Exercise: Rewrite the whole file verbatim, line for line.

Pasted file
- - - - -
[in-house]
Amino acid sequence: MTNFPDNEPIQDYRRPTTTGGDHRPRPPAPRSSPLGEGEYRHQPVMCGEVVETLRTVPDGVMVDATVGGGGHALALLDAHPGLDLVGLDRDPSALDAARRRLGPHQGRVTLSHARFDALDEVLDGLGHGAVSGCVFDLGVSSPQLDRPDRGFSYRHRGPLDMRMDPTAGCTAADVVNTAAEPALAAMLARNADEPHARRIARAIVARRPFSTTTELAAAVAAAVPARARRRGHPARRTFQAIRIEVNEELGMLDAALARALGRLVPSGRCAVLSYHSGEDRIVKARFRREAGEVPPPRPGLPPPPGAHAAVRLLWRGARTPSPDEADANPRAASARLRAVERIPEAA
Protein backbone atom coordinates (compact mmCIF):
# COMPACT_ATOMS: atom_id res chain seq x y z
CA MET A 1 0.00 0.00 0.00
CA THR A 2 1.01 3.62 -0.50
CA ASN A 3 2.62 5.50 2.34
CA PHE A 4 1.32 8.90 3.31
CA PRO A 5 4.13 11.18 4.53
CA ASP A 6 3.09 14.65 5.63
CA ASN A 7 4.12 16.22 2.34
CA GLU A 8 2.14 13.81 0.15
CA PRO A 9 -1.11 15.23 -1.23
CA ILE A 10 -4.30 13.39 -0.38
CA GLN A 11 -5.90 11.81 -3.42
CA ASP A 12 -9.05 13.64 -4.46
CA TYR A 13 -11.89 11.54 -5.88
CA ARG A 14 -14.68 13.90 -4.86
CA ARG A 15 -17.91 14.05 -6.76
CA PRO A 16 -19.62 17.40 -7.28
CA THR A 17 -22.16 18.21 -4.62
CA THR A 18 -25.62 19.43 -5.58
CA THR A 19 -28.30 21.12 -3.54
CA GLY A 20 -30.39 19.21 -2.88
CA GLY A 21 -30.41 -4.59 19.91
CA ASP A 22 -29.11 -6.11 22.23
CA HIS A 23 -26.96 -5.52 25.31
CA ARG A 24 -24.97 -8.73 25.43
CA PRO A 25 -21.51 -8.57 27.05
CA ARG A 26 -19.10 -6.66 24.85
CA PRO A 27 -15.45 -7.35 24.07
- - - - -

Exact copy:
[in-house]
Amino acid sequence: MTNFPDNEPIQDYRRPTTTGGDHRPRPPAPRSSPLGEGEYRHQPVMCGEVVETLRTVPDGVMVDATVGGGGHALALLDAHPGLDLVGLDRDPSALDAARRRLGPHQGRVTLSHARFDALDEVLDGLGHGAVSGCVFDLGVSSPQLDRPDRGFSYRHRGPLDMRMDPTAGCTAADVVNTAAEPALAAMLARNADEPHARRIARAIVARRPFSTTTELAAAVAAAVPARARRRGHPARRTFQAIRIEVNEELGMLDAALARALGRLVPSGRCAVLSYHSGEDRIVKARFRREAGEVPPPRPGLPPPPGAHAAVRLLWRGARTPSPDEADANPRAASARLRAVERIPEAA
Protein backbone atom coordinates (compact mmCIF):
# COMPACT_ATOMS: atom_id res chain seq x y z
CA MET A 1 0.00 0.00 0.00
CA THR A 2 1.01 3.62 -0.50
CA ASN A 3 2.62 5.50 2.34
CA PHE A 4 1.32 8.90 3.31
CA PRO A 5 4.13 11.18 4.53
CA ASP A 6 3.09 14.65 5.63
CA ASN A 7 4.12 16.22 2.34
CA GLU A 8 2.14 13.81 0.15
CA PRO A 9 -1.11 15.23 -1.23
CA ILE A 10 -4.30 13.39 -0.38
CA GLN A 11 -5.90 11.81 -3.42
CA ASP A 12 -9.05 13.64 -4.46
CA TYR A 13 -11.89 11.54 -5.88
CA ARG A 14 -14.68 13.90 -4.86
CA ARG A 15 -17.91 14.05 -6.76
CA PRO A 16 -19.62 17.40 -7.28
CA THR A 17 -22.16 18.21 -4.62
CA THR A 18 -25.62 19.43 -5.58
CA THR A 19 -28.30 21.12 -3.54
CA GLY A 20 -30.39 19.21 -2.88
CA GLY A 21 -30.41 -4.59 19.91
CA ASP A 22 -29.11 -6.11 22.23
CA HIS A 23 -26.96 -5.52 25.31
CA ARG A 24 -24.97 -8.73 25.43
CA PRO A 25 -21.51 -8.57 27.05
CA ARG A 26 -19.10 -6.66 24.85
CA PRO A 27 -15.45 -7.35 24.07